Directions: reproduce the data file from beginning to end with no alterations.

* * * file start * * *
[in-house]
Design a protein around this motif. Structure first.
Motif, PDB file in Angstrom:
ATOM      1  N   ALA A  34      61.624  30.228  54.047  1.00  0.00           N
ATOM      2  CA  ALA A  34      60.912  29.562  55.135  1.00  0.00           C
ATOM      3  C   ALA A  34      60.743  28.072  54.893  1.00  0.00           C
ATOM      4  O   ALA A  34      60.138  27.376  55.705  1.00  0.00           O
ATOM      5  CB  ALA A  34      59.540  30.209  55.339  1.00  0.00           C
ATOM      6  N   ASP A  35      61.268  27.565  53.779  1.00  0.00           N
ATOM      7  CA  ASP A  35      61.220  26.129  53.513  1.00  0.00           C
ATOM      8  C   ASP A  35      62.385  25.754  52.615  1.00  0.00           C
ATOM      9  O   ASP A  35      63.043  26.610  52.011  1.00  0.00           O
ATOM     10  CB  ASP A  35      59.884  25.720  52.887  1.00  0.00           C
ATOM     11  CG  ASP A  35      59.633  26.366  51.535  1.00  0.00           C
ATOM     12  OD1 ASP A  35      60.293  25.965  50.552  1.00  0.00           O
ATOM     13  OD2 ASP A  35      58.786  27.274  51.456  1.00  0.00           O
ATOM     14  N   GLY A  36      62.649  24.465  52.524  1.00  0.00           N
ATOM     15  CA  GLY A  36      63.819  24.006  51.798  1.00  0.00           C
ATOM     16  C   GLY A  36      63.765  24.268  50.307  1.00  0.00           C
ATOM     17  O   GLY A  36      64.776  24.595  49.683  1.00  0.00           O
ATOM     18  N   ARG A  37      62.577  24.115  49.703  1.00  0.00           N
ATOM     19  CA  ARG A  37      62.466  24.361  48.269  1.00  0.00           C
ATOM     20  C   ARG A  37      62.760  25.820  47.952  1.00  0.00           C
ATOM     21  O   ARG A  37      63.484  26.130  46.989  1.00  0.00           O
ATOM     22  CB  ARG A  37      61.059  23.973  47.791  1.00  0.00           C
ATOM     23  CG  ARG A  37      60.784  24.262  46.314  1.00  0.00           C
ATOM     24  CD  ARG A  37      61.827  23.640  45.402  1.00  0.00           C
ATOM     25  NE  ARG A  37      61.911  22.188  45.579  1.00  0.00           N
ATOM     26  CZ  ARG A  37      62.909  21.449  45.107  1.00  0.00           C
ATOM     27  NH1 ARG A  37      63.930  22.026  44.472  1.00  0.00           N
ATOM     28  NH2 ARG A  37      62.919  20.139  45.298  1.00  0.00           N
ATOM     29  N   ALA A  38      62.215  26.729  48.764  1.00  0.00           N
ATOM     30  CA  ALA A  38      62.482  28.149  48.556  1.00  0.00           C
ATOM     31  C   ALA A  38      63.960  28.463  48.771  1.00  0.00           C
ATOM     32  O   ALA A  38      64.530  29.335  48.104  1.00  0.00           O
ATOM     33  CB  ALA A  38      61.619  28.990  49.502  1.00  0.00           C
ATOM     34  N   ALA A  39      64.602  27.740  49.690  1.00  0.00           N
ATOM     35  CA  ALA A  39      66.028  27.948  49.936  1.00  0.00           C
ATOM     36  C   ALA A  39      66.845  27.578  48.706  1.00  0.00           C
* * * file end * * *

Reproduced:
[in-house]
Design a protein around this motif. Structure first.
Motif, PDB file in Angstrom:
ATOM      1  N   ALA A  34      61.624  30.228  54.047  1.00  0.00           N
ATOM      2  CA  ALA A  34      60.912  29.562  55.135  1.00  0.00           C
ATOM      3  C   ALA A  34      60.743  28.072  54.893  1.00  0.00           C
ATOM      4  O   ALA A  34      60.138  27.376  55.705  1.00  0.00           O
ATOM      5  CB  ALA A  34      59.540  30.209  55.339  1.00  0.00           C
ATOM      6  N   ASP A  35      61.268  27.565  53.779  1.00  0.00           N
ATOM      7  CA  ASP A  35      61.220  26.129  53.513  1.00  0.00           C
ATOM      8  C   ASP A  35      62.385  25.754  52.615  1.00  0.00           C
ATOM      9  O   ASP A  35      63.043  26.610  52.011  1.00  0.00           O
ATOM     10  CB  ASP A  35      59.884  25.720  52.887  1.00  0.00           C
ATOM     11  CG  ASP A  35      59.633  26.366  51.535  1.00  0.00           C
ATOM     12  OD1 ASP A  35      60.293  25.965  50.552  1.00  0.00           O
ATOM     13  OD2 ASP A  35      58.786  27.274  51.456  1.00  0.00           O
ATOM     14  N   GLY A  36      62.649  24.465  52.524  1.00  0.00           N
ATOM     15  CA  GLY A  36      63.819  24.006  51.798  1.00  0.00           C
ATOM     16  C   GLY A  36      63.765  24.268  50.307  1.00  0.00           C
ATOM     17  O   GLY A  36      64.776  24.595  49.683  1.00  0.00           O
ATOM     18  N   ARG A  37      62.577  24.115  49.703  1.00  0.00           N
ATOM     19  CA  ARG A  37      62.466  24.361  48.269  1.00  0.00           C
ATOM     20  C   ARG A  37      62.760  25.820  47.952  1.00  0.00           C
ATOM     21  O   ARG A  37      63.484  26.130  46.989  1.00  0.00           O
ATOM     22  CB  ARG A  37      61.059  23.973  47.791  1.00  0.00           C
ATOM     23  CG  ARG A  37      60.784  24.262  46.314  1.00  0.00           C
ATOM     24  CD  ARG A  37      61.827  23.640  45.402  1.00  0.00           C
ATOM     25  NE  ARG A  37      61.911  22.188  45.579  1.00  0.00           N
ATOM     26  CZ  ARG A  37      62.909  21.449  45.107  1.00  0.00           C
ATOM     27  NH1 ARG A  37      63.930  22.026  44.472  1.00  0.00           N
ATOM     28  NH2 ARG A  37      62.919  20.139  45.298  1.00  0.00           N
ATOM     29  N   ALA A  38      62.215  26.729  48.764  1.00  0.00           N
ATOM     30  CA  ALA A  38      62.482  28.149  48.556  1.00  0.00           C
ATOM     31  C   ALA A  38      63.960  28.463  48.771  1.00  0.00           C
ATOM     32  O   ALA A  38      64.530  29.335  48.104  1.00  0.00           O
ATOM     33  CB  ALA A  38      61.619  28.990  49.502  1.00  0.00           C
ATOM     34  N   ALA A  39      64.602  27.740  49.690  1.00  0.00           N
ATOM     35  CA  ALA A  39      66.028  27.948  49.936  1.00  0.00           C
ATOM     36  C   ALA A  39      66.845  27.578  48.706  1.00  0.00           C